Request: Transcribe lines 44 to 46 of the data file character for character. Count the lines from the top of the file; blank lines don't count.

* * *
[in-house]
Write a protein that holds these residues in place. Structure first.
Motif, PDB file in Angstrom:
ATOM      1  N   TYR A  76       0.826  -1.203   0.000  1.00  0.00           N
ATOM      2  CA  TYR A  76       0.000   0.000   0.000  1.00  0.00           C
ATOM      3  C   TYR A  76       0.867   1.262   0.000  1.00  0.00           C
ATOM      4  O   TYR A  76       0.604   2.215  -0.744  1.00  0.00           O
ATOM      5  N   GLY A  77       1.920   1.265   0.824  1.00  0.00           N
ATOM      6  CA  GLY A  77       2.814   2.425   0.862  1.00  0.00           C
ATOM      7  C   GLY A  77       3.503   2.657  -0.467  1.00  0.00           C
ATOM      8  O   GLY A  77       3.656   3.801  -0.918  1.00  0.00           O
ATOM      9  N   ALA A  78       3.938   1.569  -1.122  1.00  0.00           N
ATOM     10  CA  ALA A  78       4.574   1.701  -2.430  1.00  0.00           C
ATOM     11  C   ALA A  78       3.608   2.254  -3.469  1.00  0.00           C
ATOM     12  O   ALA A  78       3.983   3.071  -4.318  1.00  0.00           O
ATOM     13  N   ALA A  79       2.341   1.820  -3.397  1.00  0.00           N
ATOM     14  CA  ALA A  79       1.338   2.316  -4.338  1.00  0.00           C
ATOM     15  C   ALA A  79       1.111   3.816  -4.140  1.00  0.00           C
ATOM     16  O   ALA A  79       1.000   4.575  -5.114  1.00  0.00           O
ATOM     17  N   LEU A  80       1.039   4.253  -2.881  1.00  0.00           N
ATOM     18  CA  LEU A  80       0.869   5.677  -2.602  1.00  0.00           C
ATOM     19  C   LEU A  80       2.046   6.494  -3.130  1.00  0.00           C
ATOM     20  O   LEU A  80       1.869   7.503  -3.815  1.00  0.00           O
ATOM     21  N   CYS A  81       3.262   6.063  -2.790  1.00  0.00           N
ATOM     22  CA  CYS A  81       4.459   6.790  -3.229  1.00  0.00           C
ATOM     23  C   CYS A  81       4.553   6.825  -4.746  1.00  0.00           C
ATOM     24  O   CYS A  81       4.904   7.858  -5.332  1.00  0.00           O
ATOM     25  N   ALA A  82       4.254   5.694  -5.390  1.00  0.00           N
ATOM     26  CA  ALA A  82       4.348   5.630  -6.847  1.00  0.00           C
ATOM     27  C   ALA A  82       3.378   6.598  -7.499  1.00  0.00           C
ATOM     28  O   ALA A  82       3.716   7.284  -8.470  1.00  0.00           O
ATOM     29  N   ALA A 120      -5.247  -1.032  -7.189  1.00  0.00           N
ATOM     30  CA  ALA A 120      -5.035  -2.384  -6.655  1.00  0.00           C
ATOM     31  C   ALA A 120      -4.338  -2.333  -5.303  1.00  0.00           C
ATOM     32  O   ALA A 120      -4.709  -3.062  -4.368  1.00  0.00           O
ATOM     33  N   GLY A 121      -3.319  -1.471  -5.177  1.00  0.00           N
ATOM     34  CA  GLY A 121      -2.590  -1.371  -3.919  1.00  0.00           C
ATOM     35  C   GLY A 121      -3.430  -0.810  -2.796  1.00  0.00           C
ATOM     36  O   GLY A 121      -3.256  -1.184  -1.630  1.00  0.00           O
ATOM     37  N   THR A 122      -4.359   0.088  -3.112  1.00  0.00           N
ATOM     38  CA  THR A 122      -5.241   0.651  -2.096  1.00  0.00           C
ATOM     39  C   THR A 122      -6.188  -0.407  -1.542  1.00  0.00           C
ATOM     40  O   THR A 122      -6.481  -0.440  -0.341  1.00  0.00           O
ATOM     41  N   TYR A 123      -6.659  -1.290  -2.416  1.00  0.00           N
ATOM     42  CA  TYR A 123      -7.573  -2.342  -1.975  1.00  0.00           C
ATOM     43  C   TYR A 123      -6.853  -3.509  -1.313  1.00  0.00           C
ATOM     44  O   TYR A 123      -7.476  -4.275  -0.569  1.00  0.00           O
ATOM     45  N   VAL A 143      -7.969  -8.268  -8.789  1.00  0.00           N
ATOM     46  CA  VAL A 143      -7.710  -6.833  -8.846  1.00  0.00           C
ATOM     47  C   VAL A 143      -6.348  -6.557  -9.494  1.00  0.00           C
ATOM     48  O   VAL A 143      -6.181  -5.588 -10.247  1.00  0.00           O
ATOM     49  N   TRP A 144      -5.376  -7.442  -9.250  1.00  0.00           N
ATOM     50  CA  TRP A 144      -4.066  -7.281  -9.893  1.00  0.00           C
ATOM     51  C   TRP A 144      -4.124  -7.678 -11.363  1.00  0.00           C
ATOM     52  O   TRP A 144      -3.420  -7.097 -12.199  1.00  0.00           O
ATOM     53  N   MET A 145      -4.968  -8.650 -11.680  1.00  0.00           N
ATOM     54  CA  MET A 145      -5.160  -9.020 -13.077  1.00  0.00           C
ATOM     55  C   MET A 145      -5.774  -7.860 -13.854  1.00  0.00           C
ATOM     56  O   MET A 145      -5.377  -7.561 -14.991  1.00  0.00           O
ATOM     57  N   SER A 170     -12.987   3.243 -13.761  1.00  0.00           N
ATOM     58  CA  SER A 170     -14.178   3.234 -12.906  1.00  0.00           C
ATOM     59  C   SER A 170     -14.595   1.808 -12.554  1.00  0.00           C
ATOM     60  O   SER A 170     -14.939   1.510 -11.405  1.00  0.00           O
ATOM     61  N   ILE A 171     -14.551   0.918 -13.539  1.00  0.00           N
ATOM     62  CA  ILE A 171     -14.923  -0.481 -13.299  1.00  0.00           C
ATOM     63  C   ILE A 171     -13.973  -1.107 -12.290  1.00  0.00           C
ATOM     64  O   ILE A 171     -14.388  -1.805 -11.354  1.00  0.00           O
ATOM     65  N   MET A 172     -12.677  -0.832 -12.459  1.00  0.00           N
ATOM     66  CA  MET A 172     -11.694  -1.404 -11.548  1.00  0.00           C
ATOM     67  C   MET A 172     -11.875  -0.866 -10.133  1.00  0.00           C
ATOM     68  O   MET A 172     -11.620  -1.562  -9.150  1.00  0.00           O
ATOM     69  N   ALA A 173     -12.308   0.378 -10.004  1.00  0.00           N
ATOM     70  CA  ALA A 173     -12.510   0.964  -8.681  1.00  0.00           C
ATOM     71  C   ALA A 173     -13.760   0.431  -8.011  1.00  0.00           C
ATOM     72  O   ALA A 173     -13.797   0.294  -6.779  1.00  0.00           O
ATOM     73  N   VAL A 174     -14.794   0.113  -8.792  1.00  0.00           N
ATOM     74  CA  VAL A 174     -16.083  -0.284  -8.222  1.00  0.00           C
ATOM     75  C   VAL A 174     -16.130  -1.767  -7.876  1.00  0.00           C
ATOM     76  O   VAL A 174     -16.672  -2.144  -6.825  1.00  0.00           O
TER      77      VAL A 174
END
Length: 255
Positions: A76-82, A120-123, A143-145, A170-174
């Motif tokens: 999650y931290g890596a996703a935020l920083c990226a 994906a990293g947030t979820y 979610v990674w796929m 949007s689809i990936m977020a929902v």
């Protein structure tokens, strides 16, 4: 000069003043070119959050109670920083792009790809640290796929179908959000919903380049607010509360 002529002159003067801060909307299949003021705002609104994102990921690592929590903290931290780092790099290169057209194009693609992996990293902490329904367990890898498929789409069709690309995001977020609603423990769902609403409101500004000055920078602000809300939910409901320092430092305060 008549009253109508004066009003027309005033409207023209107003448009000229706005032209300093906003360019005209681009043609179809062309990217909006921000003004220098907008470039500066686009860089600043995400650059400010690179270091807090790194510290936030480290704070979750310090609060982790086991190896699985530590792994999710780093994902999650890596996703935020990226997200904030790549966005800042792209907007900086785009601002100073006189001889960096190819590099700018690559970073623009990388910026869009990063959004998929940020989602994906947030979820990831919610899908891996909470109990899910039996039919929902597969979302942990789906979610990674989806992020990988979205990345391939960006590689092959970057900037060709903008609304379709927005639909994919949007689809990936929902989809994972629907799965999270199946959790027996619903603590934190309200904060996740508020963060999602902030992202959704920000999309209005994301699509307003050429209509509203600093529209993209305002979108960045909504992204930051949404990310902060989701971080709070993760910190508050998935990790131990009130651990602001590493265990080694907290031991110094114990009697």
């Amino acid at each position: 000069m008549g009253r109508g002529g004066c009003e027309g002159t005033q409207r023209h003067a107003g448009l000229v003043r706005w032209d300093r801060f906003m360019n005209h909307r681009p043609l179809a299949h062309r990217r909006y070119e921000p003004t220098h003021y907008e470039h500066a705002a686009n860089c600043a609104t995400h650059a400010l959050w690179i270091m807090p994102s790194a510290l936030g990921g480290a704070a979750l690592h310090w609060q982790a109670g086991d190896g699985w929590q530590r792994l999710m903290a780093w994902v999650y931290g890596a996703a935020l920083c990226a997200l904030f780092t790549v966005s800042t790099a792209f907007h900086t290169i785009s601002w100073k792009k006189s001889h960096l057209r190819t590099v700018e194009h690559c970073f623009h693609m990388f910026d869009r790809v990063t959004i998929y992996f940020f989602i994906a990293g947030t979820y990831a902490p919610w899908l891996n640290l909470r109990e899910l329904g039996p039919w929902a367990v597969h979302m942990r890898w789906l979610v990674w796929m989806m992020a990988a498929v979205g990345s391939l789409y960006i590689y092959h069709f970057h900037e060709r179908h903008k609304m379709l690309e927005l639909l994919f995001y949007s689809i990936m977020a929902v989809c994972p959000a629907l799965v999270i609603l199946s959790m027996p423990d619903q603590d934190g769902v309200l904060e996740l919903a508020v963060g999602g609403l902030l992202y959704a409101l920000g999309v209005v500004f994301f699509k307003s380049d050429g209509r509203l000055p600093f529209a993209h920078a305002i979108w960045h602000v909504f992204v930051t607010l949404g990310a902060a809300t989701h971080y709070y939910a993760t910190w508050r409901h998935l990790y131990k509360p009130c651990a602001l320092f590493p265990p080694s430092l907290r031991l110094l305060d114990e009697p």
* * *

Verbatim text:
ATOM     41  N   TYR A 123      -6.659  -1.290  -2.416  1.00  0.00           N
ATOM     42  CA  TYR A 123      -7.573  -2.342  -1.975  1.00  0.00           C
ATOM     43  C   TYR A 123      -6.853  -3.509  -1.313  1.00  0.00           C